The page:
THE QUESTION OF SOVEREIGNTY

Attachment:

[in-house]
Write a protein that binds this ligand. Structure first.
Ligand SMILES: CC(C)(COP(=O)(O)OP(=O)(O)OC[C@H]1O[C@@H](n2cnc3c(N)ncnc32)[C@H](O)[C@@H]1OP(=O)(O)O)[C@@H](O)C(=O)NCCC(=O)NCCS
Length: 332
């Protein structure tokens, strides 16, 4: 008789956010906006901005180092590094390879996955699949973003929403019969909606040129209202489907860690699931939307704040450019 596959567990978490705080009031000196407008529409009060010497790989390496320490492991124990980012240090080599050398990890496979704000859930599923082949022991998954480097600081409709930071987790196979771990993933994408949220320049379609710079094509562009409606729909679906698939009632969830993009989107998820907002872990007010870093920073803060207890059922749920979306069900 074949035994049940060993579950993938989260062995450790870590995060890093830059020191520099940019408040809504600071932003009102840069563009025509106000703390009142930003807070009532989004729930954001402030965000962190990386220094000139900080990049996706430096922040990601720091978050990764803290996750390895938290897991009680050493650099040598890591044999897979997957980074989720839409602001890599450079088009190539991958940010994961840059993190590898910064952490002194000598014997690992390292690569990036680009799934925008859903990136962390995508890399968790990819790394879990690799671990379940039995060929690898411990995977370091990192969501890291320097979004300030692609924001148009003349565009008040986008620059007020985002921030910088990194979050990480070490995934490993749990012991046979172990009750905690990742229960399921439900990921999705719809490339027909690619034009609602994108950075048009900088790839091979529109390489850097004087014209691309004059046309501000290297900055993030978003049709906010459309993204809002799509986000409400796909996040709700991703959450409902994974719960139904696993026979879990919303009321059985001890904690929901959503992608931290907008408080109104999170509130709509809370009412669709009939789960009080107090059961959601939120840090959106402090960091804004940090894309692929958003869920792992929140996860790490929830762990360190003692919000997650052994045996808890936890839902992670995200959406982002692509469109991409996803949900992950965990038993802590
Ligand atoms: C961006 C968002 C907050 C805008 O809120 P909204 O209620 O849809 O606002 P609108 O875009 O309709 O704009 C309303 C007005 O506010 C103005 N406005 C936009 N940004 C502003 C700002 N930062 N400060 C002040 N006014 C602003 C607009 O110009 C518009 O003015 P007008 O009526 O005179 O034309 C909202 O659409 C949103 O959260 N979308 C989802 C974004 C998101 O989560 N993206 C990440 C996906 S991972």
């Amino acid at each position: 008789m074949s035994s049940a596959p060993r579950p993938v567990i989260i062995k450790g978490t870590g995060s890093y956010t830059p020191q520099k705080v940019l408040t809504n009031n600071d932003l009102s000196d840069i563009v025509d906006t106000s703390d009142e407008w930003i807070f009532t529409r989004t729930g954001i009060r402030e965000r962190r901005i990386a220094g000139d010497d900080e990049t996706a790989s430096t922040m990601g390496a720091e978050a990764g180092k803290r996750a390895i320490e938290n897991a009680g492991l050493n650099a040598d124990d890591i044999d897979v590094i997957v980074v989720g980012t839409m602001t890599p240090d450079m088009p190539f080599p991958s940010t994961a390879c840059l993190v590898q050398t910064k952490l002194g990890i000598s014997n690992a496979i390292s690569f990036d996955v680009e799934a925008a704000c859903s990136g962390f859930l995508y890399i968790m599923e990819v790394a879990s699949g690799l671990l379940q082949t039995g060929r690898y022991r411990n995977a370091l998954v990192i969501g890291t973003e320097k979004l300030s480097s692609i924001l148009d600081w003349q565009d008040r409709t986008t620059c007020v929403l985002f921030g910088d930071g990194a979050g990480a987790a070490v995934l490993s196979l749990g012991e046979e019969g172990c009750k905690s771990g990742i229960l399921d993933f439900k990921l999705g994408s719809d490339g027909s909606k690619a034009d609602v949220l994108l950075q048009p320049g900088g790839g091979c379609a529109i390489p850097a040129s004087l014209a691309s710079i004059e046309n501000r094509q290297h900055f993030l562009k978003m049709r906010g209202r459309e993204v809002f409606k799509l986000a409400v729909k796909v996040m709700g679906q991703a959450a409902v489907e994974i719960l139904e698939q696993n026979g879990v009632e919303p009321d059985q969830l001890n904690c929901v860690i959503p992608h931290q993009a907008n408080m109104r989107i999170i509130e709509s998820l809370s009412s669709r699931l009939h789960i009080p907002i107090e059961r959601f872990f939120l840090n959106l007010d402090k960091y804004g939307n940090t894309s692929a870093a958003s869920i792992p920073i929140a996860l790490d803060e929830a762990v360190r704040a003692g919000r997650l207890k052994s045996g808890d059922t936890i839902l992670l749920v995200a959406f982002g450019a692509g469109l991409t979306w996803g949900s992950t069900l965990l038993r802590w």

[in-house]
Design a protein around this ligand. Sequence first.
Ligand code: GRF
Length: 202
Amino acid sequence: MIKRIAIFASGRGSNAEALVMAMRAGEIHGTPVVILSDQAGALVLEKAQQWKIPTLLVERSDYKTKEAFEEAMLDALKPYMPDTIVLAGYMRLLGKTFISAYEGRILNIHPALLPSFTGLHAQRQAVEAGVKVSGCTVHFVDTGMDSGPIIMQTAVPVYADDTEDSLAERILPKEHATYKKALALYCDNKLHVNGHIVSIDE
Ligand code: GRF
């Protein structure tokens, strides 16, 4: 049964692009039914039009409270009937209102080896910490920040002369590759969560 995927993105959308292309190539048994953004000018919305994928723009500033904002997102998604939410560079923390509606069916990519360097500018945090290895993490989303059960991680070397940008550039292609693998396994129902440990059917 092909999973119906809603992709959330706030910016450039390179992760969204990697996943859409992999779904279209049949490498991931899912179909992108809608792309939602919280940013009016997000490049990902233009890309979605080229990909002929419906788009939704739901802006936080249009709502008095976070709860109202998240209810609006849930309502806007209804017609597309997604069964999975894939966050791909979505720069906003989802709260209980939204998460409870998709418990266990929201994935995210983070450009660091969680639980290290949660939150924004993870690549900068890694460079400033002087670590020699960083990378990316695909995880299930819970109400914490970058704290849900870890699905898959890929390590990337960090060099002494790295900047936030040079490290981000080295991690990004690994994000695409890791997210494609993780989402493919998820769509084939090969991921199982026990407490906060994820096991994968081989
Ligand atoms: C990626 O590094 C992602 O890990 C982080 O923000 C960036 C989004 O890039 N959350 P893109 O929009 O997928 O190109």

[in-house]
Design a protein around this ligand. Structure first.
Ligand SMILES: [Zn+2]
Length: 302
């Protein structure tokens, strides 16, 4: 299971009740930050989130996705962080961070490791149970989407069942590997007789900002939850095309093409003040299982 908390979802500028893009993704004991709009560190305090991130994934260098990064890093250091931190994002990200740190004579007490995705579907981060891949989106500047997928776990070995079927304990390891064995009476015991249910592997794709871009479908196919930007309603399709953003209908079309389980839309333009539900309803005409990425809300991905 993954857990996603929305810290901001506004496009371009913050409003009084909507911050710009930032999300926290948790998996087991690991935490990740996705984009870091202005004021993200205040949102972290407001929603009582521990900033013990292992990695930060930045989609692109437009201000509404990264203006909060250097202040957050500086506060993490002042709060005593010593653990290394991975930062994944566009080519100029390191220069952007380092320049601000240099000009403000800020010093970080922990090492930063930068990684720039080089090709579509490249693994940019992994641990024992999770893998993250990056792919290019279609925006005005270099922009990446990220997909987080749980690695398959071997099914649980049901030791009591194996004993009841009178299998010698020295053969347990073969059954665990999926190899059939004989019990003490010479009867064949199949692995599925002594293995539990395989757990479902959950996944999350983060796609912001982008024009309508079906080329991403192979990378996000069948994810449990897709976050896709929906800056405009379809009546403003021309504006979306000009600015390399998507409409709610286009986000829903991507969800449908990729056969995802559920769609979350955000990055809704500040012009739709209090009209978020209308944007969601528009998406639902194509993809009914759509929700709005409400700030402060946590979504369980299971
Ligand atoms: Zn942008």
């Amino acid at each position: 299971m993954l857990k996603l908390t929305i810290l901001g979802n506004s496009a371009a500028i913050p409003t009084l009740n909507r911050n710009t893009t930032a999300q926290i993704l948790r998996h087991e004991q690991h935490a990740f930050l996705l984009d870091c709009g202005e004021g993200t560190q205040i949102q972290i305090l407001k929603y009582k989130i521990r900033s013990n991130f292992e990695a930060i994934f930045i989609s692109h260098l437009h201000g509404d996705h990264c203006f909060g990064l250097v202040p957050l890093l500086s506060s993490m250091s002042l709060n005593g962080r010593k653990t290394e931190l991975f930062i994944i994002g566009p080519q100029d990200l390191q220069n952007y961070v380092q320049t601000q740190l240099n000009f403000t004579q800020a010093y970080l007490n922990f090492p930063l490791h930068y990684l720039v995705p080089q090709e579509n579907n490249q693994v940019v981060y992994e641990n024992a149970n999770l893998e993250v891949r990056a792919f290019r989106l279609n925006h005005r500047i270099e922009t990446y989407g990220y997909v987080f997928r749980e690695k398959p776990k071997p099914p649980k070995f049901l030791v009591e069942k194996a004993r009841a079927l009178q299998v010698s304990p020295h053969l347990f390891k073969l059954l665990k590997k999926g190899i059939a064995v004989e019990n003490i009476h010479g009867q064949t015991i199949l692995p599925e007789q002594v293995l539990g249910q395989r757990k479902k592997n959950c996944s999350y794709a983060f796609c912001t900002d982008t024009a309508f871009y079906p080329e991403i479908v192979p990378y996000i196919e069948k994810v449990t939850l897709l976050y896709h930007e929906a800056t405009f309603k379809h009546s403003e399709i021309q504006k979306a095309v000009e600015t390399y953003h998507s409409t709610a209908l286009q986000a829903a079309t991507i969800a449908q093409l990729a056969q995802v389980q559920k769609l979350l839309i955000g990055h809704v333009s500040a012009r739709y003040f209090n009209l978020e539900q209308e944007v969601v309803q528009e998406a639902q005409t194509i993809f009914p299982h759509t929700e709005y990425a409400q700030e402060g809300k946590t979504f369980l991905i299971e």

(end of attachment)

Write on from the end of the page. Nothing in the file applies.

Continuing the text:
This section discusses how the debt crisis has put Puerto Rico’s liminal political status under a microscope and made evident its non-sovereignty.  Two court cases whose decisions were meaningful in terms of the Island’s autonomy were the Puerto Rico v. Sánchez Valle case and the Puerto Rico v. Franklin California Tax-Free Trust case. These court decisions had meaningful implications for the Island’s policies on bankruptcy and debt restructuring. The former made clear that the Island is not fully autonomous and ultimately answers to the U.S. Congress; the latter determined that the Island does not have the power to authorize municipalities to seek debt restructuring. These court cases, along with the imposition of The Fiscal Oversight Board, made many wonder whether the United Nations would reconsider its past decisions and recognize that Puerto Rico is, in fact, non-self-governing under international law. These events, which unmasked the Island’s non-sovereignty, were ironically contrasted with the Island’s sporting sovereignty: Mónica Puig won an Olympic gold medal while representing Puerto Rico. In the context of the debt crisis, this victory united Puerto Ricans and allowed them to re-assert their national identity. Furthermore, in this critical moment, Governor Ricardo Rosselló determined that a plebiscite was required to solve the Island’s colonial condition and fiscal crises. Although statehood won, many opposition parties boycotted the election and the validity of the plebiscite was questioned by the federal government.